Most of the 16 alleged gangmembers indicted on a range of gang-related crimes including murder and robbery postponed pleas Friday in their respective cases while one man’s defense attorney publicly called on prosecutors to “uncapitalize” the murder charges carrying the possibility of the death penalty.
Roberto Gabriel Bustos-Montes is one of nine charged with murder for gang purposes which makes him eligible for the death penalty but, outside of court, defense attorney Paul DeMeester called the potential punishment an unnecessary drain on county finances.
Defendants facing capital charges are appointed two attorneys and the defense racks up hefty bills for investigators, experts and their own work first to avoid a conviction and then, if necessary, to find mitigating reasons why the client should not face lethal injection, he said.
Take each defendant’s case and multiply that by nine and San Mateo County risks losing precious dollars for parks, education, public safety and other necessities, he said while publicly calling the district attorney to immediately take the punishment off the table.
“Steve Wagstaffe can put a stop to that by dropping death right now,” DeMeester said.
Wagstaffe dismissed DeMeester’s call as “ignorant” because he has never handled a death penalty case in this county and doesn’t understand the process.
On March 24, Wagstaffe, flanked by countywide law enforcement, announced the indictments which came after an 18-month long investigation into a series of murders, shootings and other crimes. Wagstaffe called the case easily the most massive one prosecuted in the office’s history. The criminal grand jury spent two months weighing evidence — eight times longer than any other ever conducted in San Mateo County.
The investigation, nicknamed “Operation Sunny Day” in reference to the code word used by gangmembers to indicate a completed murder, nabbed 16 defendants ranging in age from 19 to 28. Aside from murder, the charged crimes spanning the Peninsula include attempted murder, firearms possession, attempted robbery, conspiracy, drug trafficking, dissuading witnesses and bribery. The crimes stem from five primary acts of violence beginning Sept. 30, 2012, with a Belmont drive-by shooting on southbound Highway 101 when the Da Vill and Sac Street gangs of East Palo Alto teamed up against the Taliban gang of East Palo Alto and Menlo Park.
Wagstaffe’s office has a history of not making a death penalty decision early in a case, instead often waiting until closer to trial to announce what prosecutors seek. DeMeester said that is too late if the goal is not racking up undue expense.
DeMeester said it’s too early how much his client’s defense case might incur but coupled with the eight other subjects and based on similar undertakings in other counties he estimated up into the millions of dollars. One of the charged murders occurred in San Francisco rather than San Mateo County which DeMeester said is another way the county is hitting up local taxpayers unnecessarily.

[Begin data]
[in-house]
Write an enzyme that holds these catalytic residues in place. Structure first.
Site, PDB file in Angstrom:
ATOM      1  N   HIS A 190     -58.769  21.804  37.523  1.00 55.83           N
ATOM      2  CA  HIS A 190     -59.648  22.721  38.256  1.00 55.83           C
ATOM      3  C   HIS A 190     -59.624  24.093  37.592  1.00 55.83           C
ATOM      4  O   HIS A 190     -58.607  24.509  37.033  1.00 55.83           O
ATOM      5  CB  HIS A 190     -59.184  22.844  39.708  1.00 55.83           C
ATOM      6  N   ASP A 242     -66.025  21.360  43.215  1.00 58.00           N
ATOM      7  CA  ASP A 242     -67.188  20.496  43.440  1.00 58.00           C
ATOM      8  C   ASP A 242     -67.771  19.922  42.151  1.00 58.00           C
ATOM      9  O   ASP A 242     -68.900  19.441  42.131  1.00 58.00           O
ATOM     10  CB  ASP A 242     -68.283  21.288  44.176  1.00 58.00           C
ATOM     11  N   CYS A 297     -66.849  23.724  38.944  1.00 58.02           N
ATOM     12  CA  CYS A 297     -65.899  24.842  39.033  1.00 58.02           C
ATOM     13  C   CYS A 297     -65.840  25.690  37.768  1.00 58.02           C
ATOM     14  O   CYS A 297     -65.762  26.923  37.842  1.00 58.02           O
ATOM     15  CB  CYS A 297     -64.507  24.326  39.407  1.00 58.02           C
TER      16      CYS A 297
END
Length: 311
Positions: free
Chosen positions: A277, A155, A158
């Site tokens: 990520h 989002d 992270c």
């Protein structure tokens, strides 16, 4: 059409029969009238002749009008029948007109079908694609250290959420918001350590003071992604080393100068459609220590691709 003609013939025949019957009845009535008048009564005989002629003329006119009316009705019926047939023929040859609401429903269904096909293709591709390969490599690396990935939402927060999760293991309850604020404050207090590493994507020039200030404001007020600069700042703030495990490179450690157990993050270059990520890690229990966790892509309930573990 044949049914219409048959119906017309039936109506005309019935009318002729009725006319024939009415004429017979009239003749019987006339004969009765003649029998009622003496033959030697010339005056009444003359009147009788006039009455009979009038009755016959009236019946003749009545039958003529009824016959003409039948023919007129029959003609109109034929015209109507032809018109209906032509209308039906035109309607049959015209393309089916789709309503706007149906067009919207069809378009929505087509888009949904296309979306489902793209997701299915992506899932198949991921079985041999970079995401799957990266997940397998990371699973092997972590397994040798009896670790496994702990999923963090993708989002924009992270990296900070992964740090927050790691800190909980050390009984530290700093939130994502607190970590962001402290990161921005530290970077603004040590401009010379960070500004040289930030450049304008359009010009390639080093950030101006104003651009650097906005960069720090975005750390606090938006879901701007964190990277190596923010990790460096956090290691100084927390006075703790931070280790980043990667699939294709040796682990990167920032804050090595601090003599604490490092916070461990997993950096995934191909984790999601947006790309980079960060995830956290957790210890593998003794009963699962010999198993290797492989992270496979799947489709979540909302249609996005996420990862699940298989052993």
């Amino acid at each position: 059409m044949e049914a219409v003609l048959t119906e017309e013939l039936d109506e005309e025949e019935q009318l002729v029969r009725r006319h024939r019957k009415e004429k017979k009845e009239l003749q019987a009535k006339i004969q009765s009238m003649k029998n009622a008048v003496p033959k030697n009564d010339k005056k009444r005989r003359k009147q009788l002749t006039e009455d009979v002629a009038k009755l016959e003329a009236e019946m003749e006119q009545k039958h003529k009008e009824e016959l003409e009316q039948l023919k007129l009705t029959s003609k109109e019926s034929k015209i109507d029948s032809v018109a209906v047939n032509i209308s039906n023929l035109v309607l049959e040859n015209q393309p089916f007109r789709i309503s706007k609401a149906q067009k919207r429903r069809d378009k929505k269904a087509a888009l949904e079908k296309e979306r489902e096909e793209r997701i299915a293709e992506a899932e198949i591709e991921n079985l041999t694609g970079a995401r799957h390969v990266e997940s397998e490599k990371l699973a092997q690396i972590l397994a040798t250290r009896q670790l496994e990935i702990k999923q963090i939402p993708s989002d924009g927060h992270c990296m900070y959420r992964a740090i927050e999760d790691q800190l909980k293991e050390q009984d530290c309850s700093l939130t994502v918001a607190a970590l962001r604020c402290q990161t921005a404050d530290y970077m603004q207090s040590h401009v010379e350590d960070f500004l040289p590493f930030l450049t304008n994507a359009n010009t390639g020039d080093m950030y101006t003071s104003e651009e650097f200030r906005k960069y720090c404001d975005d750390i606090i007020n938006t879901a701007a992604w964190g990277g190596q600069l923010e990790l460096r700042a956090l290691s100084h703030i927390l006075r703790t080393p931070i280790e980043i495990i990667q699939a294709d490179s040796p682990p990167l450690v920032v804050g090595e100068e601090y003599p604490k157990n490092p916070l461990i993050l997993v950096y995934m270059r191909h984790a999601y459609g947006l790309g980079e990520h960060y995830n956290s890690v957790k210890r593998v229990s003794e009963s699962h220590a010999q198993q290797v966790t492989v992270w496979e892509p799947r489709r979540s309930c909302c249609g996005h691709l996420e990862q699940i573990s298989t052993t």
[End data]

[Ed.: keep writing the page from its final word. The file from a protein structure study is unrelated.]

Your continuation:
DeMeester also dismissed the idea that seeking life without the possibility of parole instead of death for his client and the others is lenient.
Bustos-Montes, 24, of East Palo Alto was indicted along with Raymond Bradford, 28, of East Palo Alto; Nina Mehrnoosh Cragg, 23, of Palo Alto; Ralph Vernon Fields Jr., 26, of East Palo Alto, Emmanuel Hyland, 25, of East Palo Alto; Tyrone Love-Lopez, 21, of East Palo Alto; Eric Valencia Vargas, 20, of East Palo Alto; Marvin Jake Ware, 26, of East Palo Alto, Donte Demon Jordan, 19, of East Palo Alto; Roshawn Bickham, 25 of Hayward; LaQuisha Walker, 27, of East Palo Alto; Leonard James Gaines, 21, of East Palo Alto; Rodney Levence Mitchell, 22, of Newark; Robert Wheller Jr., 26, of Hayward; Jerry Coneal III, 19, of Menlo Park and Miguel Angel Rivera Jr., 23, of East Palo Alto.
On Friday, all but the few defendants still not yet in county custody delayed pleas until June 16 so that their attorneys can first review the amended indictment and the evidence. They are held on amounts ranging from $500,000 to no bail.
Vargas, Ware and Bradford are charged in the Belmont attempted murder and Bradford is also charged with the attempted robbery in a Middlefield Road jewelry store heist that ended with the clerk pulling out a shotgun.
Bustos-Montes, DeMeester’s client, is charged with Vargas and Hyland in the Oct. 5, 2012 fatal shooting of Christopher Baker, 21, in East Palo Alto. The gang war also claimed Stoney Gipson in San Francisco on Oct. 7, 2012, Jonathan Neri Alzacar on Jan. 14, 2013, in East Palo Alto and Lamont Darnell Coleman, 21, on Jan. 16, 2013, in East Palo Alto.
In between the murders, the defendants allegedly committed numerous other crimes including shootings and dissuading witnesses.
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